5

I looked at the commentaries on this, but didn't find anything. If i had to take a guess, i'd say they are the 7 girls given to Ester while in the harem (see 2:9 -- וְאֵת שֶׁבַע הַנְּעָרוֹת הָרְאֻיוֹת לָתֶת לָהּ מִבֵּית הַמֶּלֶךְ). These girls are also mentioned in Ester 4:4: וַתָּבוֹאנָה נַעֲרוֹת אֶסְתֵּר וְסָרִיסֶיהָ So, it's highly likely that these ...


5

Sefer Ginzei Margoliyos in his Ginzei Nistaros on Megilas Esther ponders this and explains as follows. Haman could not control himself until the time of killing all the Jews as he was incensed by Mordechai's refusal to stand up for him. Haman's plan was to get other's to hang Mordechai thus it will remain a secret that he was the one behind this plot. My ...


4

You're mixing up one important point: the original decree was not overturned. Achashverosh says explicitly that it cannot be overturned (8:8). The second decree in Sivan merely gave the Jews the right of self-defense, to stand up and kill anyone who tries to attack them (8:11). Indeed when the day came the enemies tried to attack per the first decree and ...


4

A good question. The Aramaic Targum repeats the ambiguity of the passage, "אנא ועולימתי נצום" (Me and my young women will fast), and there is almost no discussion of this issue in the classic biblical commentaries. The only explanation I could find was in Ibn Ezra (in his second commentary to Esther), who writes that these girls are "השפחות" (the female ...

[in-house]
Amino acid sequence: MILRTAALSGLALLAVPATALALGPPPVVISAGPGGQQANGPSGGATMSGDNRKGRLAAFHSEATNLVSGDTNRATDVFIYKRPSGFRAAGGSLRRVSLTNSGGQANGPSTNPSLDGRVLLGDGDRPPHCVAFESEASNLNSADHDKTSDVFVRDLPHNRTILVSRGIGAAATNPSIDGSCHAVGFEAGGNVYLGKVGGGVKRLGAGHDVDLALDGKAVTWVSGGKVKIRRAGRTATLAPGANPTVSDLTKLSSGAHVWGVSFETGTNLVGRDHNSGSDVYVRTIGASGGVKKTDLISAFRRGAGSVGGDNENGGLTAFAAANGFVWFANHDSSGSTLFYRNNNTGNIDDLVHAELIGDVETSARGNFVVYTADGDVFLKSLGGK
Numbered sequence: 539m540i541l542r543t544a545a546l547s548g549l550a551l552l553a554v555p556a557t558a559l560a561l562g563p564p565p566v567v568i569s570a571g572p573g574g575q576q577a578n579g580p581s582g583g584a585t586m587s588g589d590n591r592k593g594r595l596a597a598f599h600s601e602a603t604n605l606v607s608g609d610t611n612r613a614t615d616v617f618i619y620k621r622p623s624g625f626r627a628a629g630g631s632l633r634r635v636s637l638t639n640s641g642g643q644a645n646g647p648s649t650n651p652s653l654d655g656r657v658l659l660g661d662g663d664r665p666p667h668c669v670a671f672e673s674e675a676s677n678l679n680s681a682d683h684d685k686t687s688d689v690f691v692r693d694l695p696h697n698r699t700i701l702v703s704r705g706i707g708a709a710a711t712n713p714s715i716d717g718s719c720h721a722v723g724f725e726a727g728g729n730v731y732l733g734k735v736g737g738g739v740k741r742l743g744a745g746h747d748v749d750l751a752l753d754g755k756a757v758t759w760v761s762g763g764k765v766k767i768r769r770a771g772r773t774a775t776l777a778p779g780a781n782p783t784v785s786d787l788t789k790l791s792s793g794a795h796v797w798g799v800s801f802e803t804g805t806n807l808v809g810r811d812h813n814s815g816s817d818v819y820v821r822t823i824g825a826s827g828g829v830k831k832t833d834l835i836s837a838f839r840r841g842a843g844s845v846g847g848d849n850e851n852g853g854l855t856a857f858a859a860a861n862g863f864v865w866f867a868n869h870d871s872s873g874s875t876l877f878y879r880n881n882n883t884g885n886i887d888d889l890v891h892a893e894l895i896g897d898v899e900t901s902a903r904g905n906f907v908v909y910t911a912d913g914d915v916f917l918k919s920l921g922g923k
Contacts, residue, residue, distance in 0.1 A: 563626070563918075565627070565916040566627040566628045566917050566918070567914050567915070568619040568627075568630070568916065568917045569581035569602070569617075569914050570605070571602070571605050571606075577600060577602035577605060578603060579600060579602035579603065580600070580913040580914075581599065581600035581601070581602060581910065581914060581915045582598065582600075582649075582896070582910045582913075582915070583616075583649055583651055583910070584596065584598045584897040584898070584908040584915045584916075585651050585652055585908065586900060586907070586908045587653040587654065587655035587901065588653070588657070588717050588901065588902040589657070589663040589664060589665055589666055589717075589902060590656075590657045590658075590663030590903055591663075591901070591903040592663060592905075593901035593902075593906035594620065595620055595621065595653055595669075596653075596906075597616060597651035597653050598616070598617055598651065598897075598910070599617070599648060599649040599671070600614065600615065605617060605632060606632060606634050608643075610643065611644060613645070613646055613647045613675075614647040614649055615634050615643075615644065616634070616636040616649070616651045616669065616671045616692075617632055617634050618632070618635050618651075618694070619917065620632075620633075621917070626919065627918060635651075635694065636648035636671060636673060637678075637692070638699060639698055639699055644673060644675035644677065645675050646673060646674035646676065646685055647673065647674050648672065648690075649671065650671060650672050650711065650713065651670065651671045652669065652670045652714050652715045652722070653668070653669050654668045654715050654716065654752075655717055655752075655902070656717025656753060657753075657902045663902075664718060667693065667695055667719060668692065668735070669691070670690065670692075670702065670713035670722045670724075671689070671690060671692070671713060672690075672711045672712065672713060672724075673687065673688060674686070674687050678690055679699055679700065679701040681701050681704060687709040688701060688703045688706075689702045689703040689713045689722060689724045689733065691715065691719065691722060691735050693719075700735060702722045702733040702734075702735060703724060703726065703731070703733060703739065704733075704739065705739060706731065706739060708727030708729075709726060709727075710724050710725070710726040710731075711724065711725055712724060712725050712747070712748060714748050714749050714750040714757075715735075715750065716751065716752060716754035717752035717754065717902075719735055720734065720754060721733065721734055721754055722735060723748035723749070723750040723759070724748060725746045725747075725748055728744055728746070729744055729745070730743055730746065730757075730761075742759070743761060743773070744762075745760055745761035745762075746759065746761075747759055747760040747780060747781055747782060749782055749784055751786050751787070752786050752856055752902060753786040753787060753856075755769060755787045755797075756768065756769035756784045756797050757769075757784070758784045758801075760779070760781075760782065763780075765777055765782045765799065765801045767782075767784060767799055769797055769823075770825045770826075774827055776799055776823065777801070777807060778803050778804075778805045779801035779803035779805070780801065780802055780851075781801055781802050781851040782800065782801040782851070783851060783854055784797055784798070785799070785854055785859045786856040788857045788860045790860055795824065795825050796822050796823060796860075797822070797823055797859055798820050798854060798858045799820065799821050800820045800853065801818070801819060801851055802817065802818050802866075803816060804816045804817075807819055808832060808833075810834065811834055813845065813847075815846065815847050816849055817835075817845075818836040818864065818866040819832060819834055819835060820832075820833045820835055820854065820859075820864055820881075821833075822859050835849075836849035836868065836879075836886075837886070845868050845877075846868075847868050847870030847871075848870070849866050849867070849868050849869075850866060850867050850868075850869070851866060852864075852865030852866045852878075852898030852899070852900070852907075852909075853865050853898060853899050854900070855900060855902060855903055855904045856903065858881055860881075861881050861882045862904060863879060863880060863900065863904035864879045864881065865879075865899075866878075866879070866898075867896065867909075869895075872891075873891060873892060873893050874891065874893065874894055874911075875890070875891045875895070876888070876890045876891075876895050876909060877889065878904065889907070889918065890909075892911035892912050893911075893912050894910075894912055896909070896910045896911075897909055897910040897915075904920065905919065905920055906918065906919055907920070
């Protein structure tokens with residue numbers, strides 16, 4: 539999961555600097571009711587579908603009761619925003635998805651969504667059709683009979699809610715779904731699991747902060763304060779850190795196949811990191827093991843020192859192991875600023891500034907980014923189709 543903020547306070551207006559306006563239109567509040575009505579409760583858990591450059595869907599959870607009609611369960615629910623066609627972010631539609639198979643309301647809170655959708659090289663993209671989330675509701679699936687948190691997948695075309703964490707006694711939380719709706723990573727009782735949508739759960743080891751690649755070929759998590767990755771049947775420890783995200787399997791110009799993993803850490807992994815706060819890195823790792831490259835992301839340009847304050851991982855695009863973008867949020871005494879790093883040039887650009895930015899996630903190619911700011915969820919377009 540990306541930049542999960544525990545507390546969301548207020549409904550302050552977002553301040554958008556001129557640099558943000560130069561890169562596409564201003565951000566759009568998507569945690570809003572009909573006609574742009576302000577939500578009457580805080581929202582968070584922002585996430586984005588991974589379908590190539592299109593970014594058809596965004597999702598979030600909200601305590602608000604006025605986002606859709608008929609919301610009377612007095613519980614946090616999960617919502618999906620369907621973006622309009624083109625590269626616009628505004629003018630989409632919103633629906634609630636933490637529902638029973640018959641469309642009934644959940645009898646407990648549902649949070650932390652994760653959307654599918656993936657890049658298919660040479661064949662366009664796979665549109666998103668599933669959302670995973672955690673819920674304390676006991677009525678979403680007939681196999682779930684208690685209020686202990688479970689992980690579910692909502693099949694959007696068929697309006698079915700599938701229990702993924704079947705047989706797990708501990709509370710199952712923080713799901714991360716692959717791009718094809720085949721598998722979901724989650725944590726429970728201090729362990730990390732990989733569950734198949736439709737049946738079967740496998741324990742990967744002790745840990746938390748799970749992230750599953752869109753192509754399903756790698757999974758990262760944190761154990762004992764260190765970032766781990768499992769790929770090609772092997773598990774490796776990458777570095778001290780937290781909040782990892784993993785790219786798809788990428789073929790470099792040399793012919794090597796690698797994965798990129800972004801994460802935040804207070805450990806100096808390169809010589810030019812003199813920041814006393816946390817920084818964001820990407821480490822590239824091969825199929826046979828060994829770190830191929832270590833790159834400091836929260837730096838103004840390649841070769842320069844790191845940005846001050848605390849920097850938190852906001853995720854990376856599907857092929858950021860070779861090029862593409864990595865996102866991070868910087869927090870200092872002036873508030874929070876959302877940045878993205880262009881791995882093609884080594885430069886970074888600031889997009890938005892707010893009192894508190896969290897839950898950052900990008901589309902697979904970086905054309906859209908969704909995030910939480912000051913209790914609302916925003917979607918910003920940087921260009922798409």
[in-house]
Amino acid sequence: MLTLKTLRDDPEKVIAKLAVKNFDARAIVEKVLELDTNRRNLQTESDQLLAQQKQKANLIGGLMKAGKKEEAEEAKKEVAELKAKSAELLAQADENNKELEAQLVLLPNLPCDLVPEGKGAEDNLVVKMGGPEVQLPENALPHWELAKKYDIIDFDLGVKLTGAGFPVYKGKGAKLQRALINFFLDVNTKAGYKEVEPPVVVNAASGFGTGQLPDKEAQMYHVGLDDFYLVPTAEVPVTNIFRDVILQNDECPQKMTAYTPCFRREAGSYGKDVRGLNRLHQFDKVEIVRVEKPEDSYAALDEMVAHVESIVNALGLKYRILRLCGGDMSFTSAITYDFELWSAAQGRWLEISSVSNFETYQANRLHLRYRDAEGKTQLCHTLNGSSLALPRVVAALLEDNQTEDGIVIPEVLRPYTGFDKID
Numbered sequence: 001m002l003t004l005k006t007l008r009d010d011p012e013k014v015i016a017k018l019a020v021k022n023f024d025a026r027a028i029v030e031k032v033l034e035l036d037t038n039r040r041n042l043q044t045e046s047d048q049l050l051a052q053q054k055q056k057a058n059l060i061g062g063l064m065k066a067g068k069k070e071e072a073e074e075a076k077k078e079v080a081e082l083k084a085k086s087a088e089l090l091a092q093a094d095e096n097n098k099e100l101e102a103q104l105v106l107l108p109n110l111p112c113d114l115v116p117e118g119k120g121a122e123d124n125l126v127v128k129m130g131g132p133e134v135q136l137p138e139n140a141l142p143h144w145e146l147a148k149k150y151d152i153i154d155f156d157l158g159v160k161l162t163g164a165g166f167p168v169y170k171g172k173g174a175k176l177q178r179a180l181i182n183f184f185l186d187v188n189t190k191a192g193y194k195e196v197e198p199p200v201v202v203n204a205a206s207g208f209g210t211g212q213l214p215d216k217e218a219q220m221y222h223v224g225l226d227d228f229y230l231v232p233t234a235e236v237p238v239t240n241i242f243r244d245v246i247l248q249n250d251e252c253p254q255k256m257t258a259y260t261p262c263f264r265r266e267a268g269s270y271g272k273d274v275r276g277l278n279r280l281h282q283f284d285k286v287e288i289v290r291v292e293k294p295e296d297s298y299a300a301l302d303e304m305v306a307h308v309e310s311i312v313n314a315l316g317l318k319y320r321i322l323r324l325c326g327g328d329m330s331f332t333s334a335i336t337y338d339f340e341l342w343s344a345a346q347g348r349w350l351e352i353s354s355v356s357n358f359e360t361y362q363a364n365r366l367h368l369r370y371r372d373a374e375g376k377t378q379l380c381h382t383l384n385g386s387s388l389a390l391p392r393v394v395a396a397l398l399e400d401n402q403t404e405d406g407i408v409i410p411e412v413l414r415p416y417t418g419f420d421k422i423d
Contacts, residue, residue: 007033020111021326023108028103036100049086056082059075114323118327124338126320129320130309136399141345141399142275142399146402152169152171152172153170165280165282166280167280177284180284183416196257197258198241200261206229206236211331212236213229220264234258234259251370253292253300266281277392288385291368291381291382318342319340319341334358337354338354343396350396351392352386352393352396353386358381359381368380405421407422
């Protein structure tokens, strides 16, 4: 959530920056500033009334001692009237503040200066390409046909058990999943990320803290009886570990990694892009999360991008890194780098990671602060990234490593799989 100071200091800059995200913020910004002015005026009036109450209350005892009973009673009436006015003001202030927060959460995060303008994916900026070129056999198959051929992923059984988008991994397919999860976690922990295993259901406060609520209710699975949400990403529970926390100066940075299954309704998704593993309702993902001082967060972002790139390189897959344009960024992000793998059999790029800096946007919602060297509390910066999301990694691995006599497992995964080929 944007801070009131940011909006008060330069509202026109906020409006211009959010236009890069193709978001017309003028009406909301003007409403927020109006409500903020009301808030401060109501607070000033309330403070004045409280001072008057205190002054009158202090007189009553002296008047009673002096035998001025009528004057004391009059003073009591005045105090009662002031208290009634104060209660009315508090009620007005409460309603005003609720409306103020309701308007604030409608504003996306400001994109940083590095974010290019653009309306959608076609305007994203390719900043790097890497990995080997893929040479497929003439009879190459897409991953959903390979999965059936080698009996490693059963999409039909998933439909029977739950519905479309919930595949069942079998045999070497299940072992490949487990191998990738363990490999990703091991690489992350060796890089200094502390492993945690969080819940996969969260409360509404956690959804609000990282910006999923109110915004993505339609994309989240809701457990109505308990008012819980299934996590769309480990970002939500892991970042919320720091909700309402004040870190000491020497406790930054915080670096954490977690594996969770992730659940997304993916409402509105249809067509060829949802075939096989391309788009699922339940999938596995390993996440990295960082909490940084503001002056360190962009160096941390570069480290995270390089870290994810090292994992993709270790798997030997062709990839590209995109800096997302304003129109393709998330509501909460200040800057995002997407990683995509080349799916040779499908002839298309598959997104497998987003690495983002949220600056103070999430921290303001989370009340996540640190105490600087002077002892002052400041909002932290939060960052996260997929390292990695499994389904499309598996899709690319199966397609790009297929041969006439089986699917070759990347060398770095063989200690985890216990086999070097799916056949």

3

The Chassam Sofer* says that accepting the fact that a king has been appointed by Hashem and has some of Hashem's glory is included in the fact that we must fear and honor a king as a point of fearing and honoring Hashem. There are indecent people who only fear the king in front of him, like someone who fears a robber, but in secret they mock him. This is ...


3

Rashi in Sanhedrin 30a says: בעל החלום. שר המראה חלומות בלילה The Master of Dreams is some sort of celestial messenger in charge of what you see when you dream. On the other hand, Chazal (Brachot 55b) knew that you tend to dream about what you thought about during the day. אין מראין לו לאדם אלא מהרהורי לבו So possibly this Master of Dreams is ...


2

I once heard this question asked at an Arachim function. The answer given was that although Koresh had the utensils returned, not all of them made it back and therefore Achashveirosh used the ones that he still had. I have not seen a written source for this though.


2